Even though betta fish can be ornery, they can make good community fish in certain situations. The key is to follow certain rules that make it more likely your betta will get along in a community setting.

Many people believe a betta in a community tank will be a potential danger to other fish in the tank. That might be true, but more often the other fish harass the betta. That is why it is key to plan carefully if you intend to try this kind of setup.

Above all else, if you intend to try your betta in a community tank, the most important rule is to have a backup plan so you can get him out of there if things go bad.

Bettas are ornery, but many can thrive in a community setting.

Bettas are ornery, but many can thrive in a community setting.

7. Bettas Are Carnivores

Wild betta fish eat insects, worms, crustaceans, insect larvae, and even small fish. These foods are high in protein, and the foods they eat in captivity should mirror their wild diet as much as possible.

That doesn’t mean you have to catch insects to feed your betta, but you should choose a quality betta pellet or flake to feed your fish. Treats and supplements should include various freeze-dried, live, and frozen foods such as bloodworms, daphnia, and tubifex worms.

While betta fish will eat regular fish food, it is not ideal for them. I hope that you also see why keeping a betta fish in a plant vase is a horrible idea. Betta fish do not eat plant roots unless they are starving!

8. Bettas Love Plants

Keeping a betta in a plant vase is an awful idea. Not only does it deny him the food he needs, but also important access to the water surface.

On the other hand, if possible, it is a great idea to grow live plants in your betta’s tank. This not only gives him a place to hide, but also a place to nap. Yes, betta fish sleep, so don’t be surprised if you see your fish relaxing on a plant leaf. In fact, they even make plastic betta hammocks to enable this behavior in your aquarium.

If you can’t have live plants, realistic plastic, silk, or fabric plants are the next best thing. Some other cool betta decorations include floating logs, driftwood, river rocks, and artificial caves.

Try to avoid designs with sharp edges that might tear your fish’s fragile fins when choosing artificial plants.

Just like with fish, it is important to take some time and research any decoration, plant, or object you intend to put in your betta's tank.

9. Bettas Are Solitary Fish

A key concern among new owners is whether their betta fish is lonely or bored in the tank all by himself. He is not. Bettas are solitary fish, and while they can sometimes live in community setups, the best we can hope for is that they tolerate other fish in the tank.

Schooling fish like neon tetras, for example, are different. They need to live with others of their kind to feel safe and secure. A neon who lives alone will experience a great deal of stress compared to one who lives in a school.

But not bettas. They are fine on their own, and they do not get lonely.

10. Betta Fish Can Jump!

That’s right! They may look a little slow, and usually, they are, but, when startled, a betta can leave an uncovered bowl or tank in a hurry. There are a couple of solutions to this; one being simply to make sure your tank is covered.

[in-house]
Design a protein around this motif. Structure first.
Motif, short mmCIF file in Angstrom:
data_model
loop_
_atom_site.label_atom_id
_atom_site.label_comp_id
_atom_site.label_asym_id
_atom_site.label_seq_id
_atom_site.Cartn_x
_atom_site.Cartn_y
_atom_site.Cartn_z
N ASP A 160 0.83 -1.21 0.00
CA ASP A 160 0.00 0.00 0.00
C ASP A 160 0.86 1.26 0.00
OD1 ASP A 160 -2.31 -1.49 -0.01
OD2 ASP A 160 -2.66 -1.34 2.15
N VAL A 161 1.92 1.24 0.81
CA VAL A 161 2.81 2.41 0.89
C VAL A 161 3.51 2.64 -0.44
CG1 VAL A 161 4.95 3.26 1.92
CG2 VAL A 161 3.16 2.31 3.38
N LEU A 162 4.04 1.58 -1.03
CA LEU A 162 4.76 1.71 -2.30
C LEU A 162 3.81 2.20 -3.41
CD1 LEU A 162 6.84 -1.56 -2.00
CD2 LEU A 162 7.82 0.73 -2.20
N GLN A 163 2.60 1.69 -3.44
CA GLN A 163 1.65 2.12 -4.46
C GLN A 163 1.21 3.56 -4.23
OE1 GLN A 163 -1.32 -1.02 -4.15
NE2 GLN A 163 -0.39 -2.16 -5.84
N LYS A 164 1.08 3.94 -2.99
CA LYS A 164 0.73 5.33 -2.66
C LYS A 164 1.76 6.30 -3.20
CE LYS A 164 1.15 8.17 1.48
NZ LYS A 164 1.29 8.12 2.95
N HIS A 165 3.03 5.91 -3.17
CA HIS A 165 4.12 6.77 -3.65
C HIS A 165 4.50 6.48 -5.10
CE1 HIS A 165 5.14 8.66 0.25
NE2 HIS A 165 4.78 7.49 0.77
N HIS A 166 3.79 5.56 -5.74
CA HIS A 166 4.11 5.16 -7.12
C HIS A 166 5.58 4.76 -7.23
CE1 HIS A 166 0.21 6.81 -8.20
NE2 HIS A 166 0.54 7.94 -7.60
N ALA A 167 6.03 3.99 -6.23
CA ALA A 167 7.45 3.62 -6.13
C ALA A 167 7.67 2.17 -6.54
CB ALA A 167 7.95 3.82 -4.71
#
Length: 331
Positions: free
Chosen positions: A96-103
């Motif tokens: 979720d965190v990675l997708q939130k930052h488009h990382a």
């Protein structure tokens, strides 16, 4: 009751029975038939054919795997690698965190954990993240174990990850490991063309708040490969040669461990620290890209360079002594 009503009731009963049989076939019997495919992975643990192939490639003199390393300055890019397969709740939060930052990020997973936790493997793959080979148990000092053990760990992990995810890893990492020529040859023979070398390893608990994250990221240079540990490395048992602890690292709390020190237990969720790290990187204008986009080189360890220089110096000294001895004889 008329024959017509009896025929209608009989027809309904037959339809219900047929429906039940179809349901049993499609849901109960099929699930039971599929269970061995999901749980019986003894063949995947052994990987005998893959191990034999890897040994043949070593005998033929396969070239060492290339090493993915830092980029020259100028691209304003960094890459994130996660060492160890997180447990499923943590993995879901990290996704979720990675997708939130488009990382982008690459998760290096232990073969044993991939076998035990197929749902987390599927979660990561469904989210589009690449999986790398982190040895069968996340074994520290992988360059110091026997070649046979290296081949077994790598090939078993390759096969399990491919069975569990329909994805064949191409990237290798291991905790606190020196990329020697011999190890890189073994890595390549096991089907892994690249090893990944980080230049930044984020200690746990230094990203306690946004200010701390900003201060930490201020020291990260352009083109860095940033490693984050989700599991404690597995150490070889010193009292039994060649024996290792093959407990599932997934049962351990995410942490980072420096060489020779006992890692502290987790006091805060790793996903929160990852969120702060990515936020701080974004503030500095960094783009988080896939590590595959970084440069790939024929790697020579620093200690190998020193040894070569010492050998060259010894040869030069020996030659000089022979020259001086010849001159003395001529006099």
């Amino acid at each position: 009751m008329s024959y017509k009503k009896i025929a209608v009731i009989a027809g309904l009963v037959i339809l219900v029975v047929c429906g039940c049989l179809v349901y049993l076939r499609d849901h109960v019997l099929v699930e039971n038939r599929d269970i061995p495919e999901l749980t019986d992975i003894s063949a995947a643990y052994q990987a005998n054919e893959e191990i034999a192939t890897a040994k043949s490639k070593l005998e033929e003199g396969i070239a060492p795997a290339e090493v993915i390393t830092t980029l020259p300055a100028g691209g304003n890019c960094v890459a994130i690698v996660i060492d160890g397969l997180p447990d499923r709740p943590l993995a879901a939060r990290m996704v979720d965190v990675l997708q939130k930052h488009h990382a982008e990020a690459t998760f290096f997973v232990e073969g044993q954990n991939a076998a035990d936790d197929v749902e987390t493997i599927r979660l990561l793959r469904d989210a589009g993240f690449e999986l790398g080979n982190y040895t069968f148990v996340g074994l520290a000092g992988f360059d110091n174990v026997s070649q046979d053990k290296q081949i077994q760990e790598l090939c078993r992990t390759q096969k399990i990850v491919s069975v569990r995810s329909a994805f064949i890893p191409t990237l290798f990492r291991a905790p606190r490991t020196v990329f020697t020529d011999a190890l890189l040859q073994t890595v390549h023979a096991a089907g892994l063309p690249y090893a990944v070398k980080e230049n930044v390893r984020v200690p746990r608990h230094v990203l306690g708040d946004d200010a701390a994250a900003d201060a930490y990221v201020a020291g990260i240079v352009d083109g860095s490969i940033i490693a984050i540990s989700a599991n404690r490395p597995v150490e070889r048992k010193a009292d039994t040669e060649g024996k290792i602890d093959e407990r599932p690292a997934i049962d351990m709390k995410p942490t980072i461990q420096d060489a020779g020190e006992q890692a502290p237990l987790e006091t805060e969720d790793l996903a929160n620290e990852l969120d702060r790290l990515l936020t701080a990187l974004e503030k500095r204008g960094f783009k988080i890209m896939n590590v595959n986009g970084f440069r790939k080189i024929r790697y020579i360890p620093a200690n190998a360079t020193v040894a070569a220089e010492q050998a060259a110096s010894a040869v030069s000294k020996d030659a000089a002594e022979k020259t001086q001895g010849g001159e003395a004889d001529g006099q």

The other way to solve this issue is to keep the water level a little lower in the tank so your fish is unable to hop out. Most betta keepers use a combination of these two methods.

Of course, a third way to keep your fish where he belongs is to make his environment as stress-free as possible, but it is impossible to predict what might set him off.

Surviving vs Thriving

The reasons betta fish die are many and complex. And, even if you do things wrong, there is a good chance your betta fish will survive despite your shortcomings. This leads many people to conclude that their fish is just fine or even prefers poor conditions.

After learning the above facts about betta fish, hopefully, you see the reality of it. Your betta may survive if you make all the wrong choices, but it has a better chance of thriving if you make better decisions.

Taking better care of your betta is obviously a benefit to your betta, but to you as well. While it is impossible to guess how any individual betta fish will act, healthy, well-cared-for fish are typically more active, more vibrant, more disease resistant, and live longer.

This article is accurate and true to the best of the author’s knowledge. It is not meant to substitute for diagnosis, prognosis, treatment, prescription, or formal and individualized advice from a veterinary medical professional. Animals exhibiting signs and symptoms of distress should be seen by a veterinarian immediately.

Comments

Eric Dockett (author) from USA on May 16, 2021:

As, I said in the article, they are not "lonely". I also talked about the possibility of keeping them with tank mates in the article.

Ravi Rajan from Mumbai on May 16, 2021:

A nice article on Betta fish .This provided useful information on how to grow them in aquariums and their unique characteristics. One question - Since they are lonely fishes, can we put them with some other fishes inside an aquarium and will that create issues ? Thanks for sharing.

Eric Dockett (author) from USA on May 16, 2021:

Thank you, Liz! I hope it makes people think about how they care for this beautiful fish.

Liz Westwood from UK on May 14, 2021:

This is a well-written, informative and well-organised article. There can be no excuse for not caring for betta fish properly after reading this helpful information.